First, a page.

Substantial doubt exists as to our ability to continue as a going concern based on the fact that we do not have adequate working capital to finance our day-to-day operations. The Company has not realized any revenues for the quarters ended April 30, 2020 and 2019. The Company has an operating deficit of $6,508,028 as of April 30, 2020. The operating deficit indicates substantial uncertainty about the Company’s ability to continue as a going concern. Management’s plans include engaging in further research and development and raising additional capital in the short term to fund such activities through sales of its common stock. Management’s ability to implement its plans and continue as a going concern may be dependent upon raising additional capital. Our continued existence depends on the success of our efforts to raise additional capital necessary to meet our obligations as they come due and to obtain sufficient capital to execute our business plan. We may obtain capital primarily through issuances of debt or equity or entering into collaborative arrangements with corporate partners. There can be no assurance that we will be successful in completing additional financing or collaboration transactions or, if financing is available, that it can be obtained on commercially reasonable terms. If we are not able to obtain the additional financing on a timely basis, we may be required to further scale down or perhaps even cease the operation of our business. The issuance of additional equity securities by us could result in a significant dilution in the equity interests of our current stockholders. Obtaining commercial loans, assuming those loans would be available, will increase our liabilities and future cash commitments. Our financial statements do not include adjustments that might result from the outcome of this uncertainty.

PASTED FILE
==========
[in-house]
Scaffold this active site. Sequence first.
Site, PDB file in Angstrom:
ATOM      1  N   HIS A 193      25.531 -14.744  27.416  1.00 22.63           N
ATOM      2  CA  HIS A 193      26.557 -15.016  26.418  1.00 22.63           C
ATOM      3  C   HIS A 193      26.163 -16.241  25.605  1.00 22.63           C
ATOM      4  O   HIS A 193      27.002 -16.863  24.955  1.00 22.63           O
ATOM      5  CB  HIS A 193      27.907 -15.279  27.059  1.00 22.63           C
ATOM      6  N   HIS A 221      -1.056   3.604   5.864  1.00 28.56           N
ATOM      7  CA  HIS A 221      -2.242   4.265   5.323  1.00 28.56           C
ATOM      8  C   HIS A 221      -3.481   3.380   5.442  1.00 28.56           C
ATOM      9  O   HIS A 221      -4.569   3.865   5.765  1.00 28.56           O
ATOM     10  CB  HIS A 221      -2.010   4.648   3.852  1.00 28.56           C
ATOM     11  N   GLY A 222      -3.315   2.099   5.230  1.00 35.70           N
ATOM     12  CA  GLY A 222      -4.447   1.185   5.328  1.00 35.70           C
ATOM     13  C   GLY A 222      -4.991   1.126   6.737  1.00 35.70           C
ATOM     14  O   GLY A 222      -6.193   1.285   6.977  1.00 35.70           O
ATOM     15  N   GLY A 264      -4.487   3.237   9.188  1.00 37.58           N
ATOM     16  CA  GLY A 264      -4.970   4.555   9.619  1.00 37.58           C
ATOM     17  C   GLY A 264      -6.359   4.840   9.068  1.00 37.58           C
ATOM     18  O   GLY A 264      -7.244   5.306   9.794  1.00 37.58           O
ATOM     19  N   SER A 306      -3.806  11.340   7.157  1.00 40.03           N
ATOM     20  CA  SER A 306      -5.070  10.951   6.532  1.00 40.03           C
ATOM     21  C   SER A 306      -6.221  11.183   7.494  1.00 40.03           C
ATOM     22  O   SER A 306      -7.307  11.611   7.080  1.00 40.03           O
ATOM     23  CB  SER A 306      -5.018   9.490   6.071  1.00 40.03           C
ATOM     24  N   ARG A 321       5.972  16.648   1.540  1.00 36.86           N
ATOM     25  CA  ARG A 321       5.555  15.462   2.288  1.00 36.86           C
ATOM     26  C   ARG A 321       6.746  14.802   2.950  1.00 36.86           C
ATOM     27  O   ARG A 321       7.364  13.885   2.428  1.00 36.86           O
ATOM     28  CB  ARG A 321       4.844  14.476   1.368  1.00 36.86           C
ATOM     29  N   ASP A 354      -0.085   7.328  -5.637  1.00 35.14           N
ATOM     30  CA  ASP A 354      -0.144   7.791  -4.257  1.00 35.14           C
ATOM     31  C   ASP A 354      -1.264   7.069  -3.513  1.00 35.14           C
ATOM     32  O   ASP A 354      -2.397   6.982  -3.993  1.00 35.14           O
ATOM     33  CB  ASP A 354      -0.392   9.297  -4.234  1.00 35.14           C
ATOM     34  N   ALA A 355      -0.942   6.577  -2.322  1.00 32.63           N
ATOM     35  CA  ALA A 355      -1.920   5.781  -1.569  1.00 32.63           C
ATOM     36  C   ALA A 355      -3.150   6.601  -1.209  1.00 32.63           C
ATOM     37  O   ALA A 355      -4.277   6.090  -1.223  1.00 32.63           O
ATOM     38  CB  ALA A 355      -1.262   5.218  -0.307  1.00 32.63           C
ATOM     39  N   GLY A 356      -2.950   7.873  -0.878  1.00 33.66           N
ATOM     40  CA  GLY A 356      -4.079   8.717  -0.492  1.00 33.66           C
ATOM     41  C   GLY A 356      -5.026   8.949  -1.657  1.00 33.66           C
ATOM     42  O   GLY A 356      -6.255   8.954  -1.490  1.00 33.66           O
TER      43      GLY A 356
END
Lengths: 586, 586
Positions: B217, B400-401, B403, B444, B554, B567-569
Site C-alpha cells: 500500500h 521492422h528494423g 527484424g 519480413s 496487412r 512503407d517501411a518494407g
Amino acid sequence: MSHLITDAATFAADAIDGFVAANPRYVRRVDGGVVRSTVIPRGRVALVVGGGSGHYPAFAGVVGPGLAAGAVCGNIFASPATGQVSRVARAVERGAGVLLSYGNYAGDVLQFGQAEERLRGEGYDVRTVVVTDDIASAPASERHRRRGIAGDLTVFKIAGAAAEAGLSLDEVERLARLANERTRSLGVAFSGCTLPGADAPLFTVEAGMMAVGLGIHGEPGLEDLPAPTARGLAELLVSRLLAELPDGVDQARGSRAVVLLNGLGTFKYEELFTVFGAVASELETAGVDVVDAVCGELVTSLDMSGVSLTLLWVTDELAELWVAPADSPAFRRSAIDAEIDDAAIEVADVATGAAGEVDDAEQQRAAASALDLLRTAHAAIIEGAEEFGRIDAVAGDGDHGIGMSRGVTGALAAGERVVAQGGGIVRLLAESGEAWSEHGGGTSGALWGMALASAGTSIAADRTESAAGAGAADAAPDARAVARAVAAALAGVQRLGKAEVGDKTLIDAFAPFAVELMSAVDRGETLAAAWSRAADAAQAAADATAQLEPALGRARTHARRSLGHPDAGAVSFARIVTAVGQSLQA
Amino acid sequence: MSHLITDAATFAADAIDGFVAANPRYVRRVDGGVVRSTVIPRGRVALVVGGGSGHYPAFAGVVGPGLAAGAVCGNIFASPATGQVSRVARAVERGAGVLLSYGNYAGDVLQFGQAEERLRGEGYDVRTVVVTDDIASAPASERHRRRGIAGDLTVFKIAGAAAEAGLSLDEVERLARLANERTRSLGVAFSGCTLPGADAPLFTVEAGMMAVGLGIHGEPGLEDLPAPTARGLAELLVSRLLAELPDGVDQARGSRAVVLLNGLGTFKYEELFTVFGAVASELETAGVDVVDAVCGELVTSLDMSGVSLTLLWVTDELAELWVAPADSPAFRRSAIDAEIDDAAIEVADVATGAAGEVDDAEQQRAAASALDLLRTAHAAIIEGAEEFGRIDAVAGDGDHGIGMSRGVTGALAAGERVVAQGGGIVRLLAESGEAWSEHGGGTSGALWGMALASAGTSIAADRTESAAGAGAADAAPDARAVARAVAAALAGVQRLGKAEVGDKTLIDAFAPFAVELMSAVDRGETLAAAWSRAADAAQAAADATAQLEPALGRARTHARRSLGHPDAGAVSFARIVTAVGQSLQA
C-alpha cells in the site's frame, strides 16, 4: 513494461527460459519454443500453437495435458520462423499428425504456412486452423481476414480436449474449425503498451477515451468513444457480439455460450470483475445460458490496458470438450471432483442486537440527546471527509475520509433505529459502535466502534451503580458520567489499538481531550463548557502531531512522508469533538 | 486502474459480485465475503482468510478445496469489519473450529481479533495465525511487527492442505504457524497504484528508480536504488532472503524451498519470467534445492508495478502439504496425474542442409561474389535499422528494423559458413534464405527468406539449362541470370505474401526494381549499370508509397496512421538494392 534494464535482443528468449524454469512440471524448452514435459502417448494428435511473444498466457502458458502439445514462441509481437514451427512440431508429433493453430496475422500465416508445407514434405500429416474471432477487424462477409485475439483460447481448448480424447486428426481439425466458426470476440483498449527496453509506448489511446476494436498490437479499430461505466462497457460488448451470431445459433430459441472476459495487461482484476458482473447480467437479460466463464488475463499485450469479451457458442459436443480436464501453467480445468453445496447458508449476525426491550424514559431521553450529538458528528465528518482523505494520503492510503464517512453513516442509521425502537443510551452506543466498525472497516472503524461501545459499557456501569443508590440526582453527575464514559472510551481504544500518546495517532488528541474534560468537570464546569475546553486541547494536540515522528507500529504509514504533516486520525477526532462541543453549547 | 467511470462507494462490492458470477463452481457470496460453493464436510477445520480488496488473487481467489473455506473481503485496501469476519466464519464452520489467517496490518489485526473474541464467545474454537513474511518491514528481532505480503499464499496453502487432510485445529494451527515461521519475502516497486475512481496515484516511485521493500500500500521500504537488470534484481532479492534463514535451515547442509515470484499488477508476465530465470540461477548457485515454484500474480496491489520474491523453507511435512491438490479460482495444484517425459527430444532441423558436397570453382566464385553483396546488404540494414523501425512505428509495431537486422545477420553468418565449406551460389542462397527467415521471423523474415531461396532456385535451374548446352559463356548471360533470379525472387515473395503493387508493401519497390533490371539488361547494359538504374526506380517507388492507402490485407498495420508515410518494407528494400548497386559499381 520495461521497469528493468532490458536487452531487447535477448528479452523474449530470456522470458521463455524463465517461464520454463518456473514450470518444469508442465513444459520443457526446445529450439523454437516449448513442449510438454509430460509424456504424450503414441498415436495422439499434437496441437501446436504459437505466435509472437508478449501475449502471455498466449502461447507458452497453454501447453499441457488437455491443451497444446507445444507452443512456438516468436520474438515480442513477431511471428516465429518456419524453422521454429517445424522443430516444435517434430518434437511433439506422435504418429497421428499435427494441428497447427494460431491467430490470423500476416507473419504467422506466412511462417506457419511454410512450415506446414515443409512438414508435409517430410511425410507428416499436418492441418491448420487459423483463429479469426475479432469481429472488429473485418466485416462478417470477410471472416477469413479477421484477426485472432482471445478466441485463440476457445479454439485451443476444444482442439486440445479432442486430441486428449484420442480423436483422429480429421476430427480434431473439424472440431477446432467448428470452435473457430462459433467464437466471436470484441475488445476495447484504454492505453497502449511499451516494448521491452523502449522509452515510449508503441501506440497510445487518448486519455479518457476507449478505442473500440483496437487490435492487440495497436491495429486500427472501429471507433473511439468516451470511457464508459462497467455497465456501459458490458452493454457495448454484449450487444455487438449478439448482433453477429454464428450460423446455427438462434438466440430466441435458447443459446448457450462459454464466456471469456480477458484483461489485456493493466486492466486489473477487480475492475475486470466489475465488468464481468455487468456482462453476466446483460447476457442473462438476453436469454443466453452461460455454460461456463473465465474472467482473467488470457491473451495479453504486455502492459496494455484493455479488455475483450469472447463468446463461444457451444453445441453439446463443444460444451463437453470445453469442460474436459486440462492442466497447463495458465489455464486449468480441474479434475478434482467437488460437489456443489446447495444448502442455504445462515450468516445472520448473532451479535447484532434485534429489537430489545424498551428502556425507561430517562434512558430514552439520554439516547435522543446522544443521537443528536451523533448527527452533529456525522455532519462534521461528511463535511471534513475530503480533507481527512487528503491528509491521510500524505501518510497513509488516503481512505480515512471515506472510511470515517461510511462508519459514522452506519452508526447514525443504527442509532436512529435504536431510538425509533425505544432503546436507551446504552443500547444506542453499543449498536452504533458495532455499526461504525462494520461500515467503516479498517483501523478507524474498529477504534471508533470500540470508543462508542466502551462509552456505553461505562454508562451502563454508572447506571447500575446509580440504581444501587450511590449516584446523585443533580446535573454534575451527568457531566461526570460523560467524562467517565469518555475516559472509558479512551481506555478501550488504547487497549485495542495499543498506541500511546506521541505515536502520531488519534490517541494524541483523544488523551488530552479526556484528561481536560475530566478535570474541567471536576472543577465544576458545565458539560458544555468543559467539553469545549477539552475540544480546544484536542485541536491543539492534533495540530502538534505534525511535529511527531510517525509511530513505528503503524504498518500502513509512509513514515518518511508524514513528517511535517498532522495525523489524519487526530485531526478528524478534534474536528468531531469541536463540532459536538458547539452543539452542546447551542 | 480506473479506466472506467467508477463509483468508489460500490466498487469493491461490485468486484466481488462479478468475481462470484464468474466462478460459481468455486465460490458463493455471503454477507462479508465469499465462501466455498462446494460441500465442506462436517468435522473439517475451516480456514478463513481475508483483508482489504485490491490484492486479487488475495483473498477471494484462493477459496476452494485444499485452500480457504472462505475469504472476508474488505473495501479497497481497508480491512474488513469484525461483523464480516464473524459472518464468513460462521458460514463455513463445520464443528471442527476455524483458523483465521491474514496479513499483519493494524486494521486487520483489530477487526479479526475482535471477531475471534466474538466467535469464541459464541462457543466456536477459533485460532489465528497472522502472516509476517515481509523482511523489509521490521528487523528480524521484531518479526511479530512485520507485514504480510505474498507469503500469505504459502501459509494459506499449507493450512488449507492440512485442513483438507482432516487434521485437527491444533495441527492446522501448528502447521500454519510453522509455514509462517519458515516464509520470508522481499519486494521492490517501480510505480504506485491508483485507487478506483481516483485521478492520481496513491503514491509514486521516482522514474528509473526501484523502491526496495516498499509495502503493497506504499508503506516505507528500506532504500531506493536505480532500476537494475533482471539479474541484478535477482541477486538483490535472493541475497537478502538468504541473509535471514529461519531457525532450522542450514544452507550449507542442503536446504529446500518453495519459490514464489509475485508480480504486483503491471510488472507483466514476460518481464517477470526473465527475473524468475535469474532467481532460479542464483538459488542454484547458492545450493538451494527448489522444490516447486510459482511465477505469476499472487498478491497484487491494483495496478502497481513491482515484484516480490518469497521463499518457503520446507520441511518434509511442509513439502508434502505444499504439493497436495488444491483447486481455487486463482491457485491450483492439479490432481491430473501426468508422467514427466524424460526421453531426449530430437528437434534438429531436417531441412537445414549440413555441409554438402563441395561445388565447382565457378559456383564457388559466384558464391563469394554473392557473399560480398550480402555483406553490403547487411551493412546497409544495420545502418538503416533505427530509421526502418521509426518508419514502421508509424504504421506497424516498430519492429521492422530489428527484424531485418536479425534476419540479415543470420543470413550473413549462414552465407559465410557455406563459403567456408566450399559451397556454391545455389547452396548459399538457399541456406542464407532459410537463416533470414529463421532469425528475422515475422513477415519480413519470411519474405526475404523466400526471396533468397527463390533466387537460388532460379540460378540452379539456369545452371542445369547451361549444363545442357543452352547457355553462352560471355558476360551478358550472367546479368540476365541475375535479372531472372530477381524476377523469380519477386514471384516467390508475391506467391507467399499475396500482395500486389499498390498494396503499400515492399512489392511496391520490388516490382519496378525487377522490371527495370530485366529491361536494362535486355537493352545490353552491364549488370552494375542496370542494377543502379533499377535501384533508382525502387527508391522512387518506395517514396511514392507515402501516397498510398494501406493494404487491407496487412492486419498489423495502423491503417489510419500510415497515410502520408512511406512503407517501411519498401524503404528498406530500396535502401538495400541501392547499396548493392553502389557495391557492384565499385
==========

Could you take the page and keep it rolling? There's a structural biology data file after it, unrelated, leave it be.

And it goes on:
Critical Accounting Policies and Estimates

 

There are no critical accounting policies or estimates reflected in the accompanying financial statements. Reference is made to the Company’s significant (but not critical) accounting policies set forth in Note 2 to the accompanying financial statements.

 

Results of Operations

 

The Company does not currently sell or market any products. The Company will commence actively marketing products after the products and drugs in development have been FDA cleared or approved, but there can be no assurance, however, that we will be successful in obtaining FDA clearance or approval for our products.